Win by small union local, in a small town tells a big story

On the picket line in Napanee

STAND TOGETHER AND YOU’LL WIN. That’s the age old union story. And it’s true. It happened again in early April for 20 workers in a women’s shelter in Napanee, Ontario. They won their strike. Got a decent settlement. Good for them. But nothing very important beyond that. Except for the fact that what they did together reminds us where our true strengths and all our collective hopes lie.

The Napanee strike was just regular, everyday working folks taking a stand and refusing to back down. Making a case for themselves. Convincing their friends and neighbours to stand with them. Holding out to get what they thought was fair—no more, no less. Remarkable—but only because employers so often make it otherwise.

Overworked. Understaffed. Underpaid

The 20 workers at the Lennox and Addington Interval House (LAIH) in Napanee, Ontario, a small town about 230 km south of Ottawa, are all members of Unifor Local 414. They work to provide aid and support to women and families escaping domestic violence.

They went on strike in October 2021, after a year of failed attempts to negotiate a new contract. Negotiations broke down when management’s final offer did not include more than 20 previously agreed-upon changes, and failed to address the core issues of staffing levels, union representation, health and safety and return to working language.

“The employer was simply not accountable for how they were spending taxpayer funding,” says Phillips-Janisse, “such as using it to hire a high-priced lawyer to bargain hard with staff."

Employer lies

The union didn’t bargain over wages at the outset because the employer maintained that Interval House was subject to a one per cent cap on annual wage increases. In fact, this turned out to be false.

Phillips-Janisse says that if the employer had addressed their other issues, the union would have tolerated a one per cent limit to any pay increase. “Instead, the employer forced us into a five month strike,” says Phillips-Janisse

Their new contract includes a nine per cent wage increase over four years, and improved hiring language and grievance procedures.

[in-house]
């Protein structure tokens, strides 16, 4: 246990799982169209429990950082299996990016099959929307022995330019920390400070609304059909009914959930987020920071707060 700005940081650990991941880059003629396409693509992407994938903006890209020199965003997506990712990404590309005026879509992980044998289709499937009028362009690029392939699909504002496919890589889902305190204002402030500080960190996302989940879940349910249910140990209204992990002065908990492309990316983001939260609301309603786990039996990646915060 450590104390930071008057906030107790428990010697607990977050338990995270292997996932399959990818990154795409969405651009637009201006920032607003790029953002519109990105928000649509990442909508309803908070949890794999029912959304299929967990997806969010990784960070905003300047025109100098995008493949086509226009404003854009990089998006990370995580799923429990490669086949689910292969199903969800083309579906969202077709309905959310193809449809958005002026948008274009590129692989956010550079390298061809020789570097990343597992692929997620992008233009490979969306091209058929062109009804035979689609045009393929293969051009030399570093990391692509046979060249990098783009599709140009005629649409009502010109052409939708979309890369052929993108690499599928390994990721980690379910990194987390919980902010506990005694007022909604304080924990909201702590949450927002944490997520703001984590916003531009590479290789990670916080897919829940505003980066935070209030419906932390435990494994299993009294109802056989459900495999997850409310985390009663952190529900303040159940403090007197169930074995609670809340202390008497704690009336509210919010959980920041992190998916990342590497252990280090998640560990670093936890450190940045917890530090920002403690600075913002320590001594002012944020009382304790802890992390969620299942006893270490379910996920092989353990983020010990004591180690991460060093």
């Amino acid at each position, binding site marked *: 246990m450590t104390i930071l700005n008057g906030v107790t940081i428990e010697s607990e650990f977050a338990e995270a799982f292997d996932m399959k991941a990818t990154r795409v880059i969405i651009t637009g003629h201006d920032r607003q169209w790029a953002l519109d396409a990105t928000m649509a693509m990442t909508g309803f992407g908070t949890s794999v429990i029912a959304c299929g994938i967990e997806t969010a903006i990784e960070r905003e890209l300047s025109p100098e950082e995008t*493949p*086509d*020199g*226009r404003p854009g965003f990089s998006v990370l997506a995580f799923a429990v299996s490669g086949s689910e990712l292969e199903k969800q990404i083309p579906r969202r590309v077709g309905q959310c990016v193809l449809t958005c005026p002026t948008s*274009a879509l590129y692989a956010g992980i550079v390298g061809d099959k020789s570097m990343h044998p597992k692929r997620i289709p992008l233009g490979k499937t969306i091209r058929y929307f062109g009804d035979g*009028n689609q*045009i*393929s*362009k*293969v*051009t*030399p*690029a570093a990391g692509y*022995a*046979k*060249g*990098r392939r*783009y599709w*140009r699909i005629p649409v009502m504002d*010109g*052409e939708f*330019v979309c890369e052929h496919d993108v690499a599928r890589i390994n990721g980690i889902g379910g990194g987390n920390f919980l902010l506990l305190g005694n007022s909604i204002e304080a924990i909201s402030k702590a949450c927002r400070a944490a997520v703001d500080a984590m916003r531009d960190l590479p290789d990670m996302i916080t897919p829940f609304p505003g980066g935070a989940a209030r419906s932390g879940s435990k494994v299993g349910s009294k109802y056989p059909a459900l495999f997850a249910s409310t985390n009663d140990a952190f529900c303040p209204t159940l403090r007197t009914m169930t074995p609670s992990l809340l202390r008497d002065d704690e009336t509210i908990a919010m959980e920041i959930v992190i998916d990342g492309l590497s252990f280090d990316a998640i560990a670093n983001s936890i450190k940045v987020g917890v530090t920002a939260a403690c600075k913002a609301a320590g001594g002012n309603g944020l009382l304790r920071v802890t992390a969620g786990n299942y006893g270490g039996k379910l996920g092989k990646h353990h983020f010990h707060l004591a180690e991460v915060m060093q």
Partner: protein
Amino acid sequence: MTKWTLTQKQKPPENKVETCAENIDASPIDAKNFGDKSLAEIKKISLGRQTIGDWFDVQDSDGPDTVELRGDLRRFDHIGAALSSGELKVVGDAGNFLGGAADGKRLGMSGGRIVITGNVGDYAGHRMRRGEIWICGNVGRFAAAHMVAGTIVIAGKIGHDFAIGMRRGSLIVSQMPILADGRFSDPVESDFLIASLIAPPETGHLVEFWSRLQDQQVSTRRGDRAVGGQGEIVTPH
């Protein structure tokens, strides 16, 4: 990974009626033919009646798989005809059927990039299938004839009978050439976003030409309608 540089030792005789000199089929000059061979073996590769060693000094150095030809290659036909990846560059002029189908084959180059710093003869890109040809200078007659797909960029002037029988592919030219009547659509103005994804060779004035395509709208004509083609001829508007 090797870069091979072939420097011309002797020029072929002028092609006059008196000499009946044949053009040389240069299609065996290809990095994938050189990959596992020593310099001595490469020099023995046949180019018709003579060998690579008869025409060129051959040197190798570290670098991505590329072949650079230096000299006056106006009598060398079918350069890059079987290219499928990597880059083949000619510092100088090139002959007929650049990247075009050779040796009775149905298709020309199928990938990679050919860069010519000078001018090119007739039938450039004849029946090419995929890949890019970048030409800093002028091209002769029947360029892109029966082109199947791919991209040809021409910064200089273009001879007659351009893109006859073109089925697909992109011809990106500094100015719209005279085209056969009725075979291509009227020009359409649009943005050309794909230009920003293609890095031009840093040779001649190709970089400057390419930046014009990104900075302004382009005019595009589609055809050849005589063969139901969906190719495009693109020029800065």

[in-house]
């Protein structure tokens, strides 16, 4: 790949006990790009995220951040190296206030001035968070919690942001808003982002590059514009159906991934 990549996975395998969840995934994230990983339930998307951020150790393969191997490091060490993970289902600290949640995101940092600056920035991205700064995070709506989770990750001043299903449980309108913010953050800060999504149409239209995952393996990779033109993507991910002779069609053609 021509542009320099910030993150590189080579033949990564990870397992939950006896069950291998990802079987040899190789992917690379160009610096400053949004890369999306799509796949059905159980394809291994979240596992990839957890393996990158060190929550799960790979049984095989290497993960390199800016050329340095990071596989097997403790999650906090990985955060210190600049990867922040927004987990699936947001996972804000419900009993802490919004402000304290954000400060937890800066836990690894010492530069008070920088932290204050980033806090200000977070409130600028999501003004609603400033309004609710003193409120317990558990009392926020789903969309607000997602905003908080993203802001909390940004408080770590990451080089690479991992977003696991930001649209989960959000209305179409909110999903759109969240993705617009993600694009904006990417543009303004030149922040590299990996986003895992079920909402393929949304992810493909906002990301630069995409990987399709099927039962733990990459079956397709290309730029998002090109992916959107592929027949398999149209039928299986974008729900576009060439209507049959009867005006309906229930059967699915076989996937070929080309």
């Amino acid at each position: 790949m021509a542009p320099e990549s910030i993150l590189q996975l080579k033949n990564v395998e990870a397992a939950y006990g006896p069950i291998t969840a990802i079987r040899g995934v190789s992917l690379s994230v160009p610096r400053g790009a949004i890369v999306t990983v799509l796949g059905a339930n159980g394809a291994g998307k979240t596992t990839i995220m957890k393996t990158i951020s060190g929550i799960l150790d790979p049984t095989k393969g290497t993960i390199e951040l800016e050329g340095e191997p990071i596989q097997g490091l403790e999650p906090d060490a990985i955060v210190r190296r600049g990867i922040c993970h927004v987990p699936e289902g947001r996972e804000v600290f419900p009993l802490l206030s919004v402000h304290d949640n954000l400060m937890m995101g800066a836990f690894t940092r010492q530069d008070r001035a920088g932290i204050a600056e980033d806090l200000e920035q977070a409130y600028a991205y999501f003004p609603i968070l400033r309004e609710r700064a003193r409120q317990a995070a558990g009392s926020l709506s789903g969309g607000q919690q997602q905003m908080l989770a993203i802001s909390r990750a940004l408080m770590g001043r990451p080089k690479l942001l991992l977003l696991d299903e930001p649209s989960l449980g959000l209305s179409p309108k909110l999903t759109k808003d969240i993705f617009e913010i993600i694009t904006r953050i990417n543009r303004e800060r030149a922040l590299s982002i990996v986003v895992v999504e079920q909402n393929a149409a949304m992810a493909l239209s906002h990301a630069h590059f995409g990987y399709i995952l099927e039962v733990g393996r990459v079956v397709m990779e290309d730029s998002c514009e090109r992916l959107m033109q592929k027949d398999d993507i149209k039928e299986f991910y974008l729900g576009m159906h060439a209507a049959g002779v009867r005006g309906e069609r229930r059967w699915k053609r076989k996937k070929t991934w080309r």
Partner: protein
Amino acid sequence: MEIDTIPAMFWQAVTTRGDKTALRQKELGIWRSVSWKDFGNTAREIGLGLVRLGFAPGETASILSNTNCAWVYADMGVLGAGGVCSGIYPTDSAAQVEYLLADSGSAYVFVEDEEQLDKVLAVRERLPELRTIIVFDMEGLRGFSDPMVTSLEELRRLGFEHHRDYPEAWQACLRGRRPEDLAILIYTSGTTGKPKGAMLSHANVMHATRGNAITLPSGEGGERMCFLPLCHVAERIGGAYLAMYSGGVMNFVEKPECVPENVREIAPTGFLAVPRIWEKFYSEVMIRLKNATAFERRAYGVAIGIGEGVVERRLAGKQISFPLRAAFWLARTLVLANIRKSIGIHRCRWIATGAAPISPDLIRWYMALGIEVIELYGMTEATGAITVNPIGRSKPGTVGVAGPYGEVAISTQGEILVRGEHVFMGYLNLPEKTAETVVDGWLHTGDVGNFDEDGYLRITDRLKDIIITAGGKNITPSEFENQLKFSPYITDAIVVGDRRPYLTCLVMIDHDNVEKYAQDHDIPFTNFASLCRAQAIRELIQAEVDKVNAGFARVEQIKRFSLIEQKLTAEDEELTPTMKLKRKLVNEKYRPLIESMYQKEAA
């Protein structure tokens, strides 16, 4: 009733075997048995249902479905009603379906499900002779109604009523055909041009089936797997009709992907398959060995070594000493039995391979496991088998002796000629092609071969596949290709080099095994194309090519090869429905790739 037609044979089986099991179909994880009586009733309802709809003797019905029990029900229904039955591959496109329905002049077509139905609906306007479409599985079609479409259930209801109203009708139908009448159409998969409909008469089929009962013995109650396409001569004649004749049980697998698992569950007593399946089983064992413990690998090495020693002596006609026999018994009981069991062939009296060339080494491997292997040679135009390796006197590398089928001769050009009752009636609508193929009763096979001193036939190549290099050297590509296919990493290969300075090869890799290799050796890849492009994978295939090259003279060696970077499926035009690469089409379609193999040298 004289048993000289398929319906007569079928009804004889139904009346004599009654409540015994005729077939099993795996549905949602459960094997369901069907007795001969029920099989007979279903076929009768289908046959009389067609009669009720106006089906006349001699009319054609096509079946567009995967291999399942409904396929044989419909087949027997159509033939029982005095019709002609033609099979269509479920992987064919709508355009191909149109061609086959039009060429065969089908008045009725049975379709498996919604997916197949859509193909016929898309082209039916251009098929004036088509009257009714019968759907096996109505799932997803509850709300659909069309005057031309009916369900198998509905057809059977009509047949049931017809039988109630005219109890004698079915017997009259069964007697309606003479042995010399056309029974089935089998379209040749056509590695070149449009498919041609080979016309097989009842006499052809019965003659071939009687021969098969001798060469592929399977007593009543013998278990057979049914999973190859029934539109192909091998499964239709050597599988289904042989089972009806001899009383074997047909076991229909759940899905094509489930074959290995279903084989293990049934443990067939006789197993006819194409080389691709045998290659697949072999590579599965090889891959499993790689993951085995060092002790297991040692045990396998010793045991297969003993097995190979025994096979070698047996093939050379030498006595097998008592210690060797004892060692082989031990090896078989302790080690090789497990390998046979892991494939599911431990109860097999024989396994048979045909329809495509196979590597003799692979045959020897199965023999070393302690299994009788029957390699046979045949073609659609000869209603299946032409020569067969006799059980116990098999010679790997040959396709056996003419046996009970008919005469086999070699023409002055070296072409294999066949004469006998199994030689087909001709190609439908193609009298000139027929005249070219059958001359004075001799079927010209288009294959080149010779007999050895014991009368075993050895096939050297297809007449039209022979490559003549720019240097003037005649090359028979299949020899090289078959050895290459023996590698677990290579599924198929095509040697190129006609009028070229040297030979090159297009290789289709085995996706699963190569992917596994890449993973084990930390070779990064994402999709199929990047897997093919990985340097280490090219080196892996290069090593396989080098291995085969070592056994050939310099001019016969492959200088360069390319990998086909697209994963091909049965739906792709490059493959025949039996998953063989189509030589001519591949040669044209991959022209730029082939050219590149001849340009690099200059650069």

More than that, the strike actually restored and refreshed the solidarity of the local weakened by covid restrictions, says Phillips-Janisse. “There were times on strike when two workers saw one another for the first time in a year!

“The strike—although exhausting— brought our team back together and made us see how much stronger we are collectively.

“I would have much rather done it at a spa,” jokes Phillips-Janisse. “But it’s true that, as a small group of workers, we managed to stay on strike seven days a week for almost five months.

Broad support

Local 414 had plenty of support from their own local that takes in workplaces from Toronto to Ottawa. People from labour councils in Kingston and Quinte, the Public Service Alliance of Canada, and the Ontario Nurses’ Association, all also came out to join the Local 414 picket line.

“Strikes are often a huge financial hit,” said Phillips-Janisse. “But other unions and the community made contributions to our strike fund and ensured that no one lost their home and went into debt. It was a huge relief to not be financially starved back to work.”

Over 100 community people joined the 20 striking workers on their picket line on February 12.  The “Support Strike” was organized online by a Facebook group of over over 400 members, to mark 100 days of picketing.

Concerned citizens and supporters from other unions joined the picket line throughout the day, on both sides of Highway 41, to collect donations, hold signs, wave flags, and ring bells. Many passing motorists beeped their horns in solidarity.

“It was a pleasant surprise and quite refreshing to see how many people are involved in the labour movement in such a small community,” said Phillips-Janisse.

“We thought — perhaps naively — that the needs of our clients would incentivize the employer to bring this to a resolution much quicker."

When that didn’t happen the workers had no choice but to standfast, says Phillips-Janisse

It just seemed obvious she said, “How could we claim to empower the women we serve if we weren’t willing to stand up for ourselves? How can I be an advocate and not fight for myself and my coworkers?"

That’s why the story of the Napanee strike—a win by a small union local, in a small town—is important in a very big way.

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